CONCLUSION Since the onset of pro-Palestinian student organizations with anti-Jewish undertones, such as Students for Justice in Palestine (SJP) and Within Our Lifetime (WOL) – and the increase in emboldened white supremacy movements across the United States – Jewish students and their families are factoring in their personal safety when deciding where to attend college. This report reveals some shocking and upsetting trends pertaining to the safety and overall experience of Jewish students on college campuses across America: Jewish students say they are hesitant to disclose their identity and support of Israel, as well as harboring a feeling of responsibility for Israelʼs policies on the global stage. Respondents who reported antisemitic incidents such as verbal threats, vandalism, and physical threats and violence, have largely been ignored by campus administrators. Jewish students say they are hesitant to disclose their identity and support of Israel, as well harboring a feeling of responsibility for Israelʼs policies on the global stage. Only 28% of respondents felt their school took incidents of antisemitism seriously, ultimately jeopardizing their safety on campus. While these results are dismaying, the final point reflects the majority of responses – or lack thereof – that StopAntisemitism received from the surveys sent to the colleges themselves. Upon reaching out to 25 universities to request their cooperation with helping to safeguard their campuses for Jewish students by participating in a short survey regarding their practices concerning antisemitism, nearly all our requests were ignored or responded to with startling words such as “this isnʼt in our best interest.” Although universities have prioritized diversity, equity, and social justice for creating a safe campus environment, antisemitism remains a prevalent and growing problem in American higher education. Jewish students should not have to decide where they receive their degree based on personal safety in the face of bigotry against their identity. If colleges claim they welcome everyone and promote “safe spaces” on their campuses, why does that not include Jews? 13

CONCLUSION Most Diversity, Equity, and Inclusion (DEI) departments have failed to protect Jewish students at American colleges and universities with only three schools including Jews in their DEI initiatives. To safeguard the welfare of their Jewish communities, higher education institutions must adopt and utilize the IHRA Definition of Antisemitism when responding to antisemitic incidents – at the time of publication, only four schools have adopted IHRA. They must also revise their DEI policies to prohibit any form of antisemitic discrimination on campus, create a Jewish affinity group, and include Jews in the DEI conversation. By taking these actions, college administrators will be better equipped to respond to antisemitism and take antisemitic incidents more seriously. Without support from allies in higher education, the future for Jews on college campuses remains questionable. RECOMMENDATIONS Revise DEI policies to include Jews, denounce antisemitism and anti-Israeli bias, and add Jewish affinity groups. Cultivate safe spaces for Jewish students to discuss their beliefs and celebrate their culture, as well as promote peaceful discussions surrounding Jewish identity, including Zionism. Be proactive in responding to antisemitic incidents, and release statements addressing their support of Jewish communities on campus. Adhere to the IHRA Definition of Antisemitism (a requirement to receive Title VI federal funding). This is imperative when assessing incidents that could be deemed antisemitic. Colleges should welcome and promote the establishment of Jewish student organizations like Israel Coalition on Campus (ICC), Students Supporting Israel (SSI), Hillel International, and StandWithUs. We invite all the colleges highlighted in this report to contact us and help them establish guidelines and programs to further support and protect their Jewish students. 14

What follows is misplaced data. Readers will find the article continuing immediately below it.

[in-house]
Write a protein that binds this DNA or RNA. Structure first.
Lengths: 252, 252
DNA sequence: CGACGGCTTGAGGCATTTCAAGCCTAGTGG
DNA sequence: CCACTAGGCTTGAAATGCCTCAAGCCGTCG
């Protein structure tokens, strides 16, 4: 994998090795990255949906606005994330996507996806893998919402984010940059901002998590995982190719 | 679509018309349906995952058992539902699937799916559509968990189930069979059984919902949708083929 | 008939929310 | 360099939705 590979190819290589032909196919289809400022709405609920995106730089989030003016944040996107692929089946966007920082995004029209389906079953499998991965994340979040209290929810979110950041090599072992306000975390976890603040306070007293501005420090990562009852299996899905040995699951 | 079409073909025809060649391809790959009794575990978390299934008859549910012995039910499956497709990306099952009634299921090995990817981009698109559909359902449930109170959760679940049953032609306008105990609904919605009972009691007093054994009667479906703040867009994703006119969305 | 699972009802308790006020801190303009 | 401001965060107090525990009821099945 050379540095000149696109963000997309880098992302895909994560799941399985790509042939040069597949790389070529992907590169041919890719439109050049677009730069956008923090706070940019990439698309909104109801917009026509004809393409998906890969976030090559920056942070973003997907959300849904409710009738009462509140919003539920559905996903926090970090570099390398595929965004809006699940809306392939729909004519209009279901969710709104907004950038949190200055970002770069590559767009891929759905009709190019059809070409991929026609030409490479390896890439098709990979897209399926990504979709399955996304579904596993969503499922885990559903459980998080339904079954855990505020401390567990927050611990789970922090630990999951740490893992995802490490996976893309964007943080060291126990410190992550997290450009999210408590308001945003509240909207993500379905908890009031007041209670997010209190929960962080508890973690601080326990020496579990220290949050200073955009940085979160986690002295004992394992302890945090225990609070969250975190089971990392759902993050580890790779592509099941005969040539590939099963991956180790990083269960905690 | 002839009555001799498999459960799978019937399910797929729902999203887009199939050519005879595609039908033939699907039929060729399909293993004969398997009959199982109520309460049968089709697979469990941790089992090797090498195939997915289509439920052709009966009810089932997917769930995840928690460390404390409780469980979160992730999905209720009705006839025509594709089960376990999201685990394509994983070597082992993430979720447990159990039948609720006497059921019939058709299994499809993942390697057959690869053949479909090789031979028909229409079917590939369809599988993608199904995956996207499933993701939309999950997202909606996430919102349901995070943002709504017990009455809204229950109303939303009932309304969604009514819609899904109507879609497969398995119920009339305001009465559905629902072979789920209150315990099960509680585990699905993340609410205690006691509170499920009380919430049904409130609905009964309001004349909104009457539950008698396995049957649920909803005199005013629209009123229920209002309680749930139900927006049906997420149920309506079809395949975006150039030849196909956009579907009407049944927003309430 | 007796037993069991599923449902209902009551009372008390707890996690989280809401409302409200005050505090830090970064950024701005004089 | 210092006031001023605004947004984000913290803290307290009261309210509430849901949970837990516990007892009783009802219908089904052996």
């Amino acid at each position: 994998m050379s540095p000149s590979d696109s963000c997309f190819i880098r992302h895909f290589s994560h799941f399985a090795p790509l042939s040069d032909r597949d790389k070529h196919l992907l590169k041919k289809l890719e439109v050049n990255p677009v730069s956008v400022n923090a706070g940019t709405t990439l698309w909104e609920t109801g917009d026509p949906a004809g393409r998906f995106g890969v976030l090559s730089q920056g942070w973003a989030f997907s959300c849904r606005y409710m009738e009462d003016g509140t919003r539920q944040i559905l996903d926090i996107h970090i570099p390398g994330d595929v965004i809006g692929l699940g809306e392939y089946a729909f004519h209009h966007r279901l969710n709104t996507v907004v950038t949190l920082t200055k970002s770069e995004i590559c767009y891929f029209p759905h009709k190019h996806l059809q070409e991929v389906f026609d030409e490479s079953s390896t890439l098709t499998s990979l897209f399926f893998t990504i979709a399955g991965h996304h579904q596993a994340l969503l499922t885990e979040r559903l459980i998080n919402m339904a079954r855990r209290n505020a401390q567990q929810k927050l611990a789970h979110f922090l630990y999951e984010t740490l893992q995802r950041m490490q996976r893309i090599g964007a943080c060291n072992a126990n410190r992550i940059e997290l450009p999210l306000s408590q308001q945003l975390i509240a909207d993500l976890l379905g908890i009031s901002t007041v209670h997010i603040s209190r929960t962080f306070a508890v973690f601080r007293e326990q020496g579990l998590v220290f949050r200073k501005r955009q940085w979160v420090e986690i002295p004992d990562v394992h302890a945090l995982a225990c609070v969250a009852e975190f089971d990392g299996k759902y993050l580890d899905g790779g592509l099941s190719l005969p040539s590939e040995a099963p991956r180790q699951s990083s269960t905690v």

ABOUT US StopAntisemitism is a grassroots watchdog organization dedicated to exposing groups and individuals that espouse incitement towards the Jewish people and State and engage in antisemitic behaviors. Founded in 2018, StopAntisemitism was born in response to increasing antisemitic violence and sentiment across the United States. StopAntisemitism has developed a strong following, reaching millions of actively engaged individuals through social media, mailers, and its website. By publicly exposing antisemites, StopAntisemitism has created an environment where those who propagate hatred against the Jewish people are met with real-world consequences including but not limited to job loss, school expulsions, awards revoked, etc. Twitter: @StopAntisemites | Facebook: @StopAntisemitismorg Instagram: stop_antisemitism | Website: stopantisemitism.org 15